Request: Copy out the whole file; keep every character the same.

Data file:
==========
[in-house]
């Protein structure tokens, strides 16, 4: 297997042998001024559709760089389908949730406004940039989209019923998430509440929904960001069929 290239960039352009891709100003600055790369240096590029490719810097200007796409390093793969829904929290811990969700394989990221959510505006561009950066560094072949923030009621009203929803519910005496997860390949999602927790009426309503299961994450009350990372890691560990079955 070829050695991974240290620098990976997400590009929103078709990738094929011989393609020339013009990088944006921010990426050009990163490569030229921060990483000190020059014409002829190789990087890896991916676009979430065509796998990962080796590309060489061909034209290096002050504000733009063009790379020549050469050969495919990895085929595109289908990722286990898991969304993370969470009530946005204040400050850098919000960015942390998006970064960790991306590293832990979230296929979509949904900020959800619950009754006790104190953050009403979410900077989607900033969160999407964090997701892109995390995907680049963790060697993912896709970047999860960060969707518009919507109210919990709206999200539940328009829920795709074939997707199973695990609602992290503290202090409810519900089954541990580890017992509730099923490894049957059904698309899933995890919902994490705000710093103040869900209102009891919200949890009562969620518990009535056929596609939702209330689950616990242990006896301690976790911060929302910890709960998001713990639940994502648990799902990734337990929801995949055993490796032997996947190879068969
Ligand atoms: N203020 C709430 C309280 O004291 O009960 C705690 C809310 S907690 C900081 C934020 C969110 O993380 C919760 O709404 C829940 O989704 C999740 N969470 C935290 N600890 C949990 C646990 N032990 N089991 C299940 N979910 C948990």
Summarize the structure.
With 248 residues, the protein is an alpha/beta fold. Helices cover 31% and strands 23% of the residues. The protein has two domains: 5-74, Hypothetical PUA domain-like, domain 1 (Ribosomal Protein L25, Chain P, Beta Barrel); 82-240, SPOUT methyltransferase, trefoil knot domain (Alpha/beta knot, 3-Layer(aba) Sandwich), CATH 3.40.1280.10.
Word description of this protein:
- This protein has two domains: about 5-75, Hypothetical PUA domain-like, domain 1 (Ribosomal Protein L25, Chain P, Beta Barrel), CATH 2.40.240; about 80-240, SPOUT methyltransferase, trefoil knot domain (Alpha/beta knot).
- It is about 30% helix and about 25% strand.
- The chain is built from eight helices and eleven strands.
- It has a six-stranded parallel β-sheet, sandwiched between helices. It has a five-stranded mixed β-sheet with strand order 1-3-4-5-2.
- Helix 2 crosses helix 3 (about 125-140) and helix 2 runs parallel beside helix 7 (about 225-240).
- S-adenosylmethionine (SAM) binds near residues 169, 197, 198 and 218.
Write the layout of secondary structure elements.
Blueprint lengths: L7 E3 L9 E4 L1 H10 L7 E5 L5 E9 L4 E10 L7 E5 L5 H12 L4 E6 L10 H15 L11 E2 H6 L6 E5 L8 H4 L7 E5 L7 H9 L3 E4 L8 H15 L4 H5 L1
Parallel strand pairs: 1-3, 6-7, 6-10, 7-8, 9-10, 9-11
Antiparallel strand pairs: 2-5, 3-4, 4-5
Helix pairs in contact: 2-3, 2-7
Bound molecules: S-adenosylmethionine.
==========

[in-house]
């Protein structure tokens, strides 16, 4: 297997042998001024559709760089389908949730406004940039989209019923998430509440929904960001069929 290239960039352009891709100003600055790369240096590029490719810097200007796409390093793969829904929290811990969700394989990221959510505006561009950066560094072949923030009621009203929803519910005496997860390949999602927790009426309503299961994450009350990372890691560990079955 070829050695991974240290620098990976997400590009929103078709990738094929011989393609020339013009990088944006921010990426050009990163490569030229921060990483000190020059014409002829190789990087890896991916676009979430065509796998990962080796590309060489061909034209290096002050504000733009063009790379020549050469050969495919990895085929595109289908990722286990898991969304993370969470009530946005204040400050850098919000960015942390998006970064960790991306590293832990979230296929979509949904900020959800619950009754006790104190953050009403979410900077989607900033969160999407964090997701892109995390995907680049963790060697993912896709970047999860960060969707518009919507109210919990709206999200539940328009829920795709074939997707199973695990609602992290503290202090409810519900089954541990580890017992509730099923490894049957059904698309899933995890919902994490705000710093103040869900209102009891919200949890009562969620518990009535056929596609939702209330689950616990242990006896301690976790911060929302910890709960998001713990639940994502648990799902990734337990929801995949055993490796032997996947190879068969
Ligand atoms: N203020 C709430 C309280 O004291 O009960 C705690 C809310 S907690 C900081 C934020 C969110 O993380 C919760 O709404 C829940 O989704 C999740 N969470 C935290 N600890 C949990 C646990 N032990 N089991 C299940 N979910 C948990």
Summarize the structure.
With 248 residues, the protein is an alpha/beta fold. Helices cover 31% and strands 23% of the residues. The protein has two domains: 5-74, Hypothetical PUA domain-like, domain 1 (Ribosomal Protein L25, Chain P, Beta Barrel); 82-240, SPOUT methyltransferase, trefoil knot domain (Alpha/beta knot, 3-Layer(aba) Sandwich), CATH 3.40.1280.10.
Word description of this protein:
- This protein has two domains: about 5-75, Hypothetical PUA domain-like, domain 1 (Ribosomal Protein L25, Chain P, Beta Barrel), CATH 2.40.240; about 80-240, SPOUT methyltransferase, trefoil knot domain (Alpha/beta knot).
- It is about 30% helix and about 25% strand.
- The chain is built from eight helices and eleven strands.
- It has a six-stranded parallel β-sheet, sandwiched between helices. It has a five-stranded mixed β-sheet with strand order 1-3-4-5-2.
- Helix 2 crosses helix 3 (about 125-140) and helix 2 runs parallel beside helix 7 (about 225-240).
- S-adenosylmethionine (SAM) binds near residues 169, 197, 198 and 218.
Write the layout of secondary structure elements.
Blueprint lengths: L7 E3 L9 E4 L1 H10 L7 E5 L5 E9 L4 E10 L7 E5 L5 H12 L4 E6 L10 H15 L11 E2 H6 L6 E5 L8 H4 L7 E5 L7 H9 L3 E4 L8 H15 L4 H5 L1
Parallel strand pairs: 1-3, 6-7, 6-10, 7-8, 9-10, 9-11
Antiparallel strand pairs: 2-5, 3-4, 4-5
Helix pairs in contact: 2-3, 2-7
Bound molecules: S-adenosylmethionine.